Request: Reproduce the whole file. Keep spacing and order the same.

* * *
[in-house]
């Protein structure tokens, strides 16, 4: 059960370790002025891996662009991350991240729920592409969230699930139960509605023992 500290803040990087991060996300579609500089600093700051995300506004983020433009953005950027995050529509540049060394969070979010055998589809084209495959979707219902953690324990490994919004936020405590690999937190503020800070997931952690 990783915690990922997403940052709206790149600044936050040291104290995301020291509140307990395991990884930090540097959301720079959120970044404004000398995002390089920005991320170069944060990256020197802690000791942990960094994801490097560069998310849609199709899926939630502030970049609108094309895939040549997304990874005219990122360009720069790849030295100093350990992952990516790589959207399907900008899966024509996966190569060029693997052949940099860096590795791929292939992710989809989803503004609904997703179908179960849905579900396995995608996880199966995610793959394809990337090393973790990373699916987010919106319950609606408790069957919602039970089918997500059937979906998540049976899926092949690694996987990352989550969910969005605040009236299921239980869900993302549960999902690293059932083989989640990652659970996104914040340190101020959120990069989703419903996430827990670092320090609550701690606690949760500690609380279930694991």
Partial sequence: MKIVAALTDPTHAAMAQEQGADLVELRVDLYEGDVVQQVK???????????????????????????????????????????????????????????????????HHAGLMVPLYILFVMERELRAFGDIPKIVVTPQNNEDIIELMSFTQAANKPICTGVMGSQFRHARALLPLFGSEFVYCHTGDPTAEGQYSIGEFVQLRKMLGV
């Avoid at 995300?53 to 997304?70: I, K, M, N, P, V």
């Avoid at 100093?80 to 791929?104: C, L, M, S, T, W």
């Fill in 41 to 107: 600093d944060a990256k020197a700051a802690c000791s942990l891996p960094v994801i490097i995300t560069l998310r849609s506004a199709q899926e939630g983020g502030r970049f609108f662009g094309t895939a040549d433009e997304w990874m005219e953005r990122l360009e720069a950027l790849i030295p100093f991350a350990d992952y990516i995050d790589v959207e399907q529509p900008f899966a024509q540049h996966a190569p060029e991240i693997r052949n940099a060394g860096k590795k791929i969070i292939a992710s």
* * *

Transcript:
[in-house]
């Protein structure tokens, strides 16, 4: 059960370790002025891996662009991350991240729920592409969230699930139960509605023992 500290803040990087991060996300579609500089600093700051995300506004983020433009953005950027995050529509540049060394969070979010055998589809084209495959979707219902953690324990490994919004936020405590690999937190503020800070997931952690 990783915690990922997403940052709206790149600044936050040291104290995301020291509140307990395991990884930090540097959301720079959120970044404004000398995002390089920005991320170069944060990256020197802690000791942990960094994801490097560069998310849609199709899926939630502030970049609108094309895939040549997304990874005219990122360009720069790849030295100093350990992952990516790589959207399907900008899966024509996966190569060029693997052949940099860096590795791929292939992710989809989803503004609904997703179908179960849905579900396995995608996880199966995610793959394809990337090393973790990373699916987010919106319950609606408790069957919602039970089918997500059937979906998540049976899926092949690694996987990352989550969910969005605040009236299921239980869900993302549960999902690293059932083989989640990652659970996104914040340190101020959120990069989703419903996430827990670092320090609550701690606690949760500690609380279930694991």
Partial sequence: MKIVAALTDPTHAAMAQEQGADLVELRVDLYEGDVVQQVK???????????????????????????????????????????????????????????????????HHAGLMVPLYILFVMERELRAFGDIPKIVVTPQNNEDIIELMSFTQAANKPICTGVMGSQFRHARALLPLFGSEFVYCHTGDPTAEGQYSIGEFVQLRKMLGV
């Avoid at 995300?53 to 997304?70: I, K, M, N, P, V």
């Avoid at 100093?80 to 791929?104: C, L, M, S, T, W």
């Fill in 41 to 107: 600093d944060a990256k020197a700051a802690c000791s942990l891996p960094v994801i490097i995300t560069l998310r849609s506004a199709q899926e939630g983020g502030r970049f609108f662009g094309t895939a040549d433009e997304w990874m005219e953005r990122l360009e720069a950027l790849i030295p100093f991350a350990d992952y990516i995050d790589v959207e399907q529509p900008f899966a024509q540049h996966a190569p060029e991240i693997r052949n940099a060394g860096k590795k791929i969070i292939a992710s």